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Trial record 39 of 3137 for:    HIV Infections | NIH

Study of a New Anti-HIV Drug, T-20, in HIV-Infected Children

The safety and scientific validity of this study is the responsibility of the study sponsor and investigators. Listing a study does not mean it has been evaluated by the U.S. Federal Government. Read our disclaimer for details. Identifier: NCT00001118
Recruitment Status : Completed
First Posted : August 31, 2001
Last Update Posted : May 21, 2012
Eunice Kennedy Shriver National Institute of Child Health and Human Development (NICHD)
Information provided by (Responsible Party):
National Institute of Allergy and Infectious Diseases (NIAID)

Brief Summary:

The purpose of this study is to determine the best dose of T-20, a new anti-HIV drug, to treat HIV-infected children.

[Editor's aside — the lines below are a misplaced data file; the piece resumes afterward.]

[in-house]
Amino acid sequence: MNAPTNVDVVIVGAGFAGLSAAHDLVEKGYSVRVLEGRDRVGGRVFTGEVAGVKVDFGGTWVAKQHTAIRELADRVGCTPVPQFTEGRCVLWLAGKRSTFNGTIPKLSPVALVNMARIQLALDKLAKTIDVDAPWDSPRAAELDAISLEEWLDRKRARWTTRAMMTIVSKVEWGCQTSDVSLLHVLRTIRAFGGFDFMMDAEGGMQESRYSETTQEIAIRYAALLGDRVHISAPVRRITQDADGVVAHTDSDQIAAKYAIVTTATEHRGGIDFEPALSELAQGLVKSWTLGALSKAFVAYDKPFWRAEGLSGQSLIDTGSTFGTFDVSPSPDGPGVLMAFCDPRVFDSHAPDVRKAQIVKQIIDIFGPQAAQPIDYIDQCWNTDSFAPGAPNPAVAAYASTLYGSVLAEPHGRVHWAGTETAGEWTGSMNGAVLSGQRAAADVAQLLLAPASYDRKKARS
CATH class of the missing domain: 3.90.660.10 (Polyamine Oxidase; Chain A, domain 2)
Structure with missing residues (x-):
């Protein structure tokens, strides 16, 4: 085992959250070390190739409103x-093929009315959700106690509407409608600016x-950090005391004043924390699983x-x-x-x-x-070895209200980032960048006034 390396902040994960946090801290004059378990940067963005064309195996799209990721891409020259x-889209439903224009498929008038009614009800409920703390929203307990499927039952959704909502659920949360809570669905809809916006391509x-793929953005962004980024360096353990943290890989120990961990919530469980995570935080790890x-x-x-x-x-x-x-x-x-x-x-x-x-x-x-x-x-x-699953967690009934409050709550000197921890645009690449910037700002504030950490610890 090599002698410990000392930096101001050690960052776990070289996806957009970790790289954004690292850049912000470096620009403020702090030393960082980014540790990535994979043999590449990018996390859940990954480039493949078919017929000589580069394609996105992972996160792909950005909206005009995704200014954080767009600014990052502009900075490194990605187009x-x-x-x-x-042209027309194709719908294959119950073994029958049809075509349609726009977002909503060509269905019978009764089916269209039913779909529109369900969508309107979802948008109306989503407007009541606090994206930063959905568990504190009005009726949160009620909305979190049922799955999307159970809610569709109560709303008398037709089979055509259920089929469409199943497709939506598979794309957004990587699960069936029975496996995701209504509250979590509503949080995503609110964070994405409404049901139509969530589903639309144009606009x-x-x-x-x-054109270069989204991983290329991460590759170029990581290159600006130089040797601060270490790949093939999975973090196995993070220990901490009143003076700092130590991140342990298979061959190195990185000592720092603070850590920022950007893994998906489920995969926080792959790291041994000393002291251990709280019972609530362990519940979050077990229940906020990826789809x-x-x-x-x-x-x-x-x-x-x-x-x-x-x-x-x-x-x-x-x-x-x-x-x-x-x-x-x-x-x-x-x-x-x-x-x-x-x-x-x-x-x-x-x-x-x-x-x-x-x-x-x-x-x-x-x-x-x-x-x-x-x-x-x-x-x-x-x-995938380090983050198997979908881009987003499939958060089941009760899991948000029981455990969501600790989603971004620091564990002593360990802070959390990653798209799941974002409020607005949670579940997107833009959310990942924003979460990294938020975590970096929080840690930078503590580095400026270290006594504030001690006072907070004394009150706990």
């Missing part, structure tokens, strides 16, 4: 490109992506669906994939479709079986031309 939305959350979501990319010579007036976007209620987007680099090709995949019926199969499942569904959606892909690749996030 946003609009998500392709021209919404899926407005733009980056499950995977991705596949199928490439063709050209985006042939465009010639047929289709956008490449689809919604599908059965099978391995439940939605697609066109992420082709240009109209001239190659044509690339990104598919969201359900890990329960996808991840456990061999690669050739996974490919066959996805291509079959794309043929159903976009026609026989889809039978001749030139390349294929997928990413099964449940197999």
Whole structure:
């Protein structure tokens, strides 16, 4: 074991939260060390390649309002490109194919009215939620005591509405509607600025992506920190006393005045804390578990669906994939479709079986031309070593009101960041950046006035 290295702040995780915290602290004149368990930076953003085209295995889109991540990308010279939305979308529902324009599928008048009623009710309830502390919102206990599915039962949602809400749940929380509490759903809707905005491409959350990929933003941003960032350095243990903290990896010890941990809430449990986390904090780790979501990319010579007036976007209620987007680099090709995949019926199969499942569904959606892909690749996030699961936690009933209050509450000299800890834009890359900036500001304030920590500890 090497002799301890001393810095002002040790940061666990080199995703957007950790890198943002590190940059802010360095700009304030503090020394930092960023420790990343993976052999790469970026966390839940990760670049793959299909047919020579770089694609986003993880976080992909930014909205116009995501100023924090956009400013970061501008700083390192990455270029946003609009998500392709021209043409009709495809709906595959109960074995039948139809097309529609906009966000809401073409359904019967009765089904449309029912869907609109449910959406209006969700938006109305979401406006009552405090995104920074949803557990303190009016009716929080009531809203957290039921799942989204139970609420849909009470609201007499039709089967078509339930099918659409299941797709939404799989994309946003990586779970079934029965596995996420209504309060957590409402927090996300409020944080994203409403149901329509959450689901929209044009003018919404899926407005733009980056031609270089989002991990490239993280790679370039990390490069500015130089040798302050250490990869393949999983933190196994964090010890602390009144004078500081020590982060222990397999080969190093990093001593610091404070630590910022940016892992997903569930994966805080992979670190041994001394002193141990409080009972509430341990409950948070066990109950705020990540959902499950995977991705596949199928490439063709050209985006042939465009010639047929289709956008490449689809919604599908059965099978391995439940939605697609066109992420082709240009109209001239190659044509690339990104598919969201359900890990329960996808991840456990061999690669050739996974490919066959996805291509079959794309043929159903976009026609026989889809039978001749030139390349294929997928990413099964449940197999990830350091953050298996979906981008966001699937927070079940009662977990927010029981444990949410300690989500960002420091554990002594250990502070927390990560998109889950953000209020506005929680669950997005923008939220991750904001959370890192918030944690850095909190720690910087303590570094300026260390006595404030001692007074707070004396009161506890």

T-20, unlike other anti-HIV medications, lessens the ability of HIV to infect certain cells (T cells) in the body. Doctors hope to better treat HIV by adding T-20 to anti-HIV drug combinations that include 1 or 2 nucleoside reverse transcriptase inhibitors (NRTIs) plus a nonnucleoside reverse transcriptase inhibitor (NNRTI) and/or a protease inhibitor (PI).

Condition or disease Intervention/treatment Phase
HIV Infections Drug: Enfuvirtide Phase 1

Detailed Description:

T-20 is the first drug to be developed which specifically inhibits the function of the gp41 transmembrane glycoprotein. By inhibiting the essential protein-protein surface interaction, T-20 is able to block the process of virus-to-host cell membrane fusion. Combination antiretroviral regimens (reverse transcriptase inhibitors plus PIs) have benefited many HIV patients, but heavily pretreated patients often develop multi-drug resistance via multiple gene mutations. A pharmacologic agent, such as T-20, that is effective at an alternative point in the virus replication cycle will make a valuable addition to the treatment of HIV infection.